NPR to open source its Android app
National Public Radio (NPR), a non-profit membership organisation, has announced that it plans to open source its NPR Android application. Created in 1970, NPR is a privately and publicly funded US media organisation that produces and distributes news, talk and entertainment programming. The NPR app for Android devices was created by Google developer Michael Frederick in his spare time. With the application, users can read, listen or create playlists of NPR stories, share them with friends and live stream audio from hundreds of NPR radio stations.
According to NPR Mobile Operations Manager and Android application development director Jeremy Pennycook, since its inception, the NPR app has been an experiment for NPR, allowing it to "test the waters of collaborating with the open source community." Pennycook says that NPR didn't know how fast that the Android platform would grow, pointing out that "The last six months show us Android's incredible trajectory and that our audience gravitates toward that momentum. Since the app's release in December, we've seen astounding growth, and now over 100,000 people use this new platform each month." The developers encourage users to contact them via Twitter @NPRAndroid with any ideas and feedback.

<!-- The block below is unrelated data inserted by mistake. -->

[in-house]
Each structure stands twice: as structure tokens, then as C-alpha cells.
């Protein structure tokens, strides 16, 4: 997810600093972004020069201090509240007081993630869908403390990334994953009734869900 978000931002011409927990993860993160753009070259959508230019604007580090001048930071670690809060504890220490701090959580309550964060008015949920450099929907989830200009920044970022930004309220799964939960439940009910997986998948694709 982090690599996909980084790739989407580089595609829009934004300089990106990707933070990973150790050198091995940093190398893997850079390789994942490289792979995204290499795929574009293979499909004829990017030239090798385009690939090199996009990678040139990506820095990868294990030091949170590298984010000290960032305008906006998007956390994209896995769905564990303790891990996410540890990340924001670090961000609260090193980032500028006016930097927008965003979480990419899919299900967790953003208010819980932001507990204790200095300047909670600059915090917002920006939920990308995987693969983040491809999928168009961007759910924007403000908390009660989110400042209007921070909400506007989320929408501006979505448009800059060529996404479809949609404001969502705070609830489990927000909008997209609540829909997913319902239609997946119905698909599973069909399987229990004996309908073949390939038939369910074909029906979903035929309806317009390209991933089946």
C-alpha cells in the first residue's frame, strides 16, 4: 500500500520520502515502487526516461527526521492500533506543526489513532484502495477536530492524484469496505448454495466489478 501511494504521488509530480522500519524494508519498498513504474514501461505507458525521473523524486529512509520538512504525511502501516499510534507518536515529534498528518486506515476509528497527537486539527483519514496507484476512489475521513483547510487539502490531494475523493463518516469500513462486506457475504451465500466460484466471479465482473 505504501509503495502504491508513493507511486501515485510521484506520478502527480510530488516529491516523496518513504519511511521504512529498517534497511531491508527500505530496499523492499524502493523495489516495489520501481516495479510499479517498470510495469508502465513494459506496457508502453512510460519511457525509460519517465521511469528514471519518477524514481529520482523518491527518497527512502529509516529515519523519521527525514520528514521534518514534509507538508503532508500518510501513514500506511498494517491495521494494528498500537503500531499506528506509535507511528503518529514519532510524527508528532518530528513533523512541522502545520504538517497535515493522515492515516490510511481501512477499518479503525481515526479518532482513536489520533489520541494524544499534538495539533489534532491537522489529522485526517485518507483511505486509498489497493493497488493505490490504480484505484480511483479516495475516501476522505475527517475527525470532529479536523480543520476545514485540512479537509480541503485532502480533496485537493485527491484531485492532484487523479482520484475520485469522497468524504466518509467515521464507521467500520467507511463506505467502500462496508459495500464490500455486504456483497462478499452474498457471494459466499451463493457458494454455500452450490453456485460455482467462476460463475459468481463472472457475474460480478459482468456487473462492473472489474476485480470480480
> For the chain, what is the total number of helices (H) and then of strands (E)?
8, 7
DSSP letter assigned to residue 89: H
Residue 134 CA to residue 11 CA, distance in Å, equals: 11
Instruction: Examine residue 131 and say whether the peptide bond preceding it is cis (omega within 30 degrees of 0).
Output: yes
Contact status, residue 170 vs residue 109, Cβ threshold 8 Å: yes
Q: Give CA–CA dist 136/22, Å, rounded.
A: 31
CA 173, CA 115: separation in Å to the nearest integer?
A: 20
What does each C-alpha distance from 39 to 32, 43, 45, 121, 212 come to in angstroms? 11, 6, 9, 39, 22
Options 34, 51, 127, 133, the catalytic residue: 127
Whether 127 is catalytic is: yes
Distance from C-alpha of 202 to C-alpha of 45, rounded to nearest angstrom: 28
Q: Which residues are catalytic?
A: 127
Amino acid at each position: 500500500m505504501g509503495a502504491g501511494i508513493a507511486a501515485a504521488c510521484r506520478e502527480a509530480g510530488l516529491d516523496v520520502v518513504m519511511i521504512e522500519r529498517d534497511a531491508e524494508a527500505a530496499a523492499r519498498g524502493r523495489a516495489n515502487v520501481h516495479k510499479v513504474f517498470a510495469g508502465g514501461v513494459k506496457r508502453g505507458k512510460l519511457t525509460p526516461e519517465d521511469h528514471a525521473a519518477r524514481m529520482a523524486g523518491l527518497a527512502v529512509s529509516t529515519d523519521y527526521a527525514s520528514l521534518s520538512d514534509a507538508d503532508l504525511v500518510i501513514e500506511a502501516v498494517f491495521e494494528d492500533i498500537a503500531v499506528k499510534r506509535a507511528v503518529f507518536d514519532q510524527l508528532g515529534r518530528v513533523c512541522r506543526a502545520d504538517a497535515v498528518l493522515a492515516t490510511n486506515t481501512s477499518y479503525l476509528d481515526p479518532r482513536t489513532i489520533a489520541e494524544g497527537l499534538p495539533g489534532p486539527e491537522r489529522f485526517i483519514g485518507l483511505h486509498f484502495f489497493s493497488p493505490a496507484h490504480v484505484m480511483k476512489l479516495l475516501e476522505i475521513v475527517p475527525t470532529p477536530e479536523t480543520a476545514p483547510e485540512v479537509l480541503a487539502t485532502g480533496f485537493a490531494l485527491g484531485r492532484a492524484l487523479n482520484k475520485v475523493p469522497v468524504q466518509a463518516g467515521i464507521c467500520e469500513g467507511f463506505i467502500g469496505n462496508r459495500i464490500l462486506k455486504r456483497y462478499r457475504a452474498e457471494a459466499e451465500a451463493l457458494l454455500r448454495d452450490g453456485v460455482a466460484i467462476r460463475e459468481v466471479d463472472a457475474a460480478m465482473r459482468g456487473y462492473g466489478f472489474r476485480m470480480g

More information about the open sourcing of the NPR app for Android, including a short YouTube video, is available in a post on the Inside NPR.org blog. The latest release of the NPR app is version 1.2, which is available to download via the Android Market. The NPR app source code will be hosted on Google Code and released under version 2.0 of the Apache License.
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